All 30 owners will vote on the SuperSonics' relocation request during an April 18 meeting, with a majority needed for approval. The Sonics also have a federal court case scheduled for June to determine whether they can break their lease with Seattle that runs through 2010.

On Tuesday morning, City Council members in Oklahoma City approved terms of a 15-year lease with the SuperSonics that would require the team to pay the city $1.6 million annually to use the Ford Center and another $409,000 per year to be able to resell the arena's naming rights.

Former Oklahoma state Rep. Wanda Jo Stapleton voiced concerns to the council that the lease leaves the city in position to pay for any cost overruns on the Ford Center renovations and the construction of an approximately $24 million practice facility funded by the sales tax extension.

"It's in black and white there that the city will pay for the cost overruns, and there could be tens of millions of dollars in cost overruns because they've given the team owners free rein to make any changes, whatever they want, during the entire construction period," Stapleton said. "It's just a blank check, that's all it is."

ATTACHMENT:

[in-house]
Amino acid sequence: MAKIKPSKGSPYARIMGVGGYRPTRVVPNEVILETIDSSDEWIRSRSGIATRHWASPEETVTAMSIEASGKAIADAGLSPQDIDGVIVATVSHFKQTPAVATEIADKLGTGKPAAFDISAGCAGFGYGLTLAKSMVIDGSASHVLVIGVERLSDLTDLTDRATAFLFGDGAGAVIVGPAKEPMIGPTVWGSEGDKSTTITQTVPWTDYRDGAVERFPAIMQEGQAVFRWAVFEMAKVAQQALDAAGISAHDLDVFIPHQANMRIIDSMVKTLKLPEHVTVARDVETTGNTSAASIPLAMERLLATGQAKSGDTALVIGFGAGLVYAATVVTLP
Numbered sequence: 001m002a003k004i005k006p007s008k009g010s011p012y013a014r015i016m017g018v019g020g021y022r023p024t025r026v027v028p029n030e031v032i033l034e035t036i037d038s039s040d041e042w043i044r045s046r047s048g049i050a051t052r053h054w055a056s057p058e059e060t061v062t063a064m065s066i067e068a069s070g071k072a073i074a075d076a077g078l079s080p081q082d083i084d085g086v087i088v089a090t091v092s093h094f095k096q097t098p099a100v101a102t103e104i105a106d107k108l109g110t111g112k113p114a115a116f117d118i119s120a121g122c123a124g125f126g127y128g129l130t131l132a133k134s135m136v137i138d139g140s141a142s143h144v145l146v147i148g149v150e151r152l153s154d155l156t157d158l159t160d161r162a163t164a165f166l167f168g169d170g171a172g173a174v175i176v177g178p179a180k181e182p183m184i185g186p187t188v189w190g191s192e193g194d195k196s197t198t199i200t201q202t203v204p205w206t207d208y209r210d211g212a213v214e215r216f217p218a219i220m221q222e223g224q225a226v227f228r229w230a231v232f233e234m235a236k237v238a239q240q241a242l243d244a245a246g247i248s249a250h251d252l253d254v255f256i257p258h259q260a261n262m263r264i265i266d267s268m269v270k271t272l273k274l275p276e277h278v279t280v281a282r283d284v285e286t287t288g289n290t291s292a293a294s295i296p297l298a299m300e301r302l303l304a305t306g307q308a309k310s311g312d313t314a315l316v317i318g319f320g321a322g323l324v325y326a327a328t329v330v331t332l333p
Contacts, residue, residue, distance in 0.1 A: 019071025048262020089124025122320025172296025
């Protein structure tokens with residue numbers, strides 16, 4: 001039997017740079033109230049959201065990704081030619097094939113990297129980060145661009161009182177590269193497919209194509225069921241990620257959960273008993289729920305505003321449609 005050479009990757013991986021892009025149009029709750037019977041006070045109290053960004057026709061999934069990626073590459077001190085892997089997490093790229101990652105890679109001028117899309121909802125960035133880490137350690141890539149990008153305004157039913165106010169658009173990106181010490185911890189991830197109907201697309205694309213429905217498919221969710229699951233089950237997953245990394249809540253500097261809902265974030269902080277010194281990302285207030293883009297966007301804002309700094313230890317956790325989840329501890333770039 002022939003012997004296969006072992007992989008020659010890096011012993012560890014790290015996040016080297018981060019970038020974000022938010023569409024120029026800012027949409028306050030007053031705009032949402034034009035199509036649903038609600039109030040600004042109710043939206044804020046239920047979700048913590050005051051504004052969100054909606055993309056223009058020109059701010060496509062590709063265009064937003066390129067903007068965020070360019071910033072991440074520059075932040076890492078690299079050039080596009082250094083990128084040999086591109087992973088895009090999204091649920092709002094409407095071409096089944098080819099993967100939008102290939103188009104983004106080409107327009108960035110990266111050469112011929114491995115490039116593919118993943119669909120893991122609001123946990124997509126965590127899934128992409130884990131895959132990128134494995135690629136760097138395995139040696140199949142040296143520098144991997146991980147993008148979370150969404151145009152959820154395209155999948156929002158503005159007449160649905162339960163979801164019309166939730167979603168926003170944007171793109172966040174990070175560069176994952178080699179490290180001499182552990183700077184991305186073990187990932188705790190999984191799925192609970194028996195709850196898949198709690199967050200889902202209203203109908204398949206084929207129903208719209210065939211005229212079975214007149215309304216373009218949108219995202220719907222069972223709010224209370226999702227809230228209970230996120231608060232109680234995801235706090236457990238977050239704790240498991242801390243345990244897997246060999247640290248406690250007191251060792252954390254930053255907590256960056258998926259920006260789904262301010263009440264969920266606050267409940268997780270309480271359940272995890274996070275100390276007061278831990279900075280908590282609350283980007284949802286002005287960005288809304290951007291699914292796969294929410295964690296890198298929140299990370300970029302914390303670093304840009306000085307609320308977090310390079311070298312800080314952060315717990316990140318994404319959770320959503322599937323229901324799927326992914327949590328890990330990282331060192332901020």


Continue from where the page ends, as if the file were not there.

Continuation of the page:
City Manager Jim Couch assured Stapleton that the lease would allow the city to make any cuts necessary to keep the project within its budget.

"We have a very good history of building stuff on time and being financially responsible," mayor Nick Cornett said.

WEBBER ENDS COMEBACK: Chris Webber is ending his comeback attempt with the Golden State Warriors and will retire after 15 seasons in the NBA. Warriors spokesman Raymond Ridder says Webber will make the announcement at a news conference today. The news was first reported by ESPN.com. Webber played only nine games this season in his comeback attempt with the Golden State Warriors before being sidelined by a bum knee that has hampered him in recent years. Webber was the most prominent member of the Fab Five at Michigan and played for Golden State, Washington, Sacramento, Philadelphia and Detroit.